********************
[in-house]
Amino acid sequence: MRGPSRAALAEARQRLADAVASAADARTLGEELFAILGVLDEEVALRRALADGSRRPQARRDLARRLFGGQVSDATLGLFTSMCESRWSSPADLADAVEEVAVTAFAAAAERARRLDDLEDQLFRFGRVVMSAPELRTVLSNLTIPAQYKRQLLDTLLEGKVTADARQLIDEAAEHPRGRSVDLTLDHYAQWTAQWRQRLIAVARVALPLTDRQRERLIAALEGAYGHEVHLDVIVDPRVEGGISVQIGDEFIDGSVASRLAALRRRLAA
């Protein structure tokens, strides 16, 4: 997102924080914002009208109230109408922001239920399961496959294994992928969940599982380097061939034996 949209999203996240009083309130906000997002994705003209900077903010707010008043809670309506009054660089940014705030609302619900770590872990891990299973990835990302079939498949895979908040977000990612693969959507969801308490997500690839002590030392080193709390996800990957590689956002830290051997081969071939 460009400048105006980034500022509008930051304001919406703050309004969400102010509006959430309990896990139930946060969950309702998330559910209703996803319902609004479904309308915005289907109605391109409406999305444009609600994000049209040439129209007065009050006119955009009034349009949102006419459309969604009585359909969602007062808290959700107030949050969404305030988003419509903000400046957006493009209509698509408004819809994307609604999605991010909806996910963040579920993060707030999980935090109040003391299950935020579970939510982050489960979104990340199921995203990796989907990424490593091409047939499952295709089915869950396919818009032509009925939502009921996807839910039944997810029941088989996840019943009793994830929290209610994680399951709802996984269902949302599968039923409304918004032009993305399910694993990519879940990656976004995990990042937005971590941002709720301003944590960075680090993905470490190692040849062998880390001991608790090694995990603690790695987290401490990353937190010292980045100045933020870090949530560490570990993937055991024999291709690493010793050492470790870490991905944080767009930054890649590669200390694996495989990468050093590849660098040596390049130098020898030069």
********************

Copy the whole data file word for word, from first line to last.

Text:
[in-house]
Amino acid sequence: MRGPSRAALAEARQRLADAVASAADARTLGEELFAILGVLDEEVALRRALADGSRRPQARRDLARRLFGGQVSDATLGLFTSMCESRWSSPADLADAVEEVAVTAFAAAAERARRLDDLEDQLFRFGRVVMSAPELRTVLSNLTIPAQYKRQLLDTLLEGKVTADARQLIDEAAEHPRGRSVDLTLDHYAQWTAQWRQRLIAVARVALPLTDRQRERLIAALEGAYGHEVHLDVIVDPRVEGGISVQIGDEFIDGSVASRLAALRRRLAA
């Protein structure tokens, strides 16, 4: 997102924080914002009208109230109408922001239920399961496959294994992928969940599982380097061939034996 949209999203996240009083309130906000997002994705003209900077903010707010008043809670309506009054660089940014705030609302619900770590872990891990299973990835990302079939498949895979908040977000990612693969959507969801308490997500690839002590030392080193709390996800990957590689956002830290051997081969071939 460009400048105006980034500022509008930051304001919406703050309004969400102010509006959430309990896990139930946060969950309702998330559910209703996803319902609004479904309308915005289907109605391109409406999305444009609600994000049209040439129209007065009050006119955009009034349009949102006419459309969604009585359909969602007062808290959700107030949050969404305030988003419509903000400046957006493009209509698509408004819809994307609604999605991010909806996910963040579920993060707030999980935090109040003391299950935020579970939510982050489960979104990340199921995203990796989907990424490593091409047939499952295709089915869950396919818009032509009925939502009921996807839910039944997810029941088989996840019943009793994830929290209610994680399951709802996984269902949302599968039923409304918004032009993305399910694993990519879940990656976004995990990042937005971590941002709720301003944590960075680090993905470490190692040849062998880390001991608790090694995990603690790695987290401490990353937190010292980045100045933020870090949530560490570990993937055991024999291709690493010793050492470790870490991905944080767009930054890649590669200390694996495989990468050093590849660098040596390049130098020898030069």